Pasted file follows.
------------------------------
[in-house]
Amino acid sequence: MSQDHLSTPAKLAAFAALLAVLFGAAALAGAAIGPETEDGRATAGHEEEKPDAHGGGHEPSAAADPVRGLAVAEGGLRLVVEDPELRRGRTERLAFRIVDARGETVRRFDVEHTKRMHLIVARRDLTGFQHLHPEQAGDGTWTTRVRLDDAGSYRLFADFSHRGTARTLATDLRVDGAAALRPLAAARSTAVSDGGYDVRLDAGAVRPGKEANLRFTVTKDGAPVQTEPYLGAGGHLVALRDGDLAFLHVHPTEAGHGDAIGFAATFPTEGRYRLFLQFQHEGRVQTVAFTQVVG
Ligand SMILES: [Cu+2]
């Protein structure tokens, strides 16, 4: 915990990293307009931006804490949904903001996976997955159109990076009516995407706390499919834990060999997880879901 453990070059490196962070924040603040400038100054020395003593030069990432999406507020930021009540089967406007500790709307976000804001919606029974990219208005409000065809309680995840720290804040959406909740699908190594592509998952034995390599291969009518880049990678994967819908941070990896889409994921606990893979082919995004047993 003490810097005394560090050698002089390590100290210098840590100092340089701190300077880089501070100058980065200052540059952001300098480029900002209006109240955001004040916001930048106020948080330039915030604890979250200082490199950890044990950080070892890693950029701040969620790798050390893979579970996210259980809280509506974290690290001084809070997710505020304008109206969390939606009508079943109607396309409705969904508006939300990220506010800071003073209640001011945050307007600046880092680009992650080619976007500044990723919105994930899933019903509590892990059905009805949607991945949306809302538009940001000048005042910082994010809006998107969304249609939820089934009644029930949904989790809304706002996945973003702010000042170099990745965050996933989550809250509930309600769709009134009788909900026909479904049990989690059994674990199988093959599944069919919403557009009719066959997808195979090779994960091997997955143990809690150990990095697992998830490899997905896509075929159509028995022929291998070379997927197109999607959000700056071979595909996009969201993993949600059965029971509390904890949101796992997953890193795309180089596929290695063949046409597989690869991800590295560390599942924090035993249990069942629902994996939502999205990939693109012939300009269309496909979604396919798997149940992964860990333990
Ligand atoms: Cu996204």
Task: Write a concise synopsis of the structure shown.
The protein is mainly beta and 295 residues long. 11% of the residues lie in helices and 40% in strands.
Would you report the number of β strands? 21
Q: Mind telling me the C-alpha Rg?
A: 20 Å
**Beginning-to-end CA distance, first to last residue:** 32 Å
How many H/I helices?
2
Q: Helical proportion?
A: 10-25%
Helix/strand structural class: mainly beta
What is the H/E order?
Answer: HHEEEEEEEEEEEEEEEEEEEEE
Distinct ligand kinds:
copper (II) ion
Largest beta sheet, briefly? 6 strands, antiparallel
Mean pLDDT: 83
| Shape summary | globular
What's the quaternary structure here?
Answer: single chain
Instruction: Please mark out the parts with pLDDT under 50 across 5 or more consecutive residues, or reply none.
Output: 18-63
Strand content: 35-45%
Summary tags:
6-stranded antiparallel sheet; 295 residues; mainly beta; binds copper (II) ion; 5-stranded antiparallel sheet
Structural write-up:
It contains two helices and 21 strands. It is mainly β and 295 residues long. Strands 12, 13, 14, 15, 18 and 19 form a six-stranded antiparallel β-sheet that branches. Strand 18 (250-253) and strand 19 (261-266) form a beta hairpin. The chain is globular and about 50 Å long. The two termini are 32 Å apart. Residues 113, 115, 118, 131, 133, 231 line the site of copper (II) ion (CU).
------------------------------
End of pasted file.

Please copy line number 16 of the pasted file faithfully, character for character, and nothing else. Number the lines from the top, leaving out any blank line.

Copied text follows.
Helix/strand structural class: mainly beta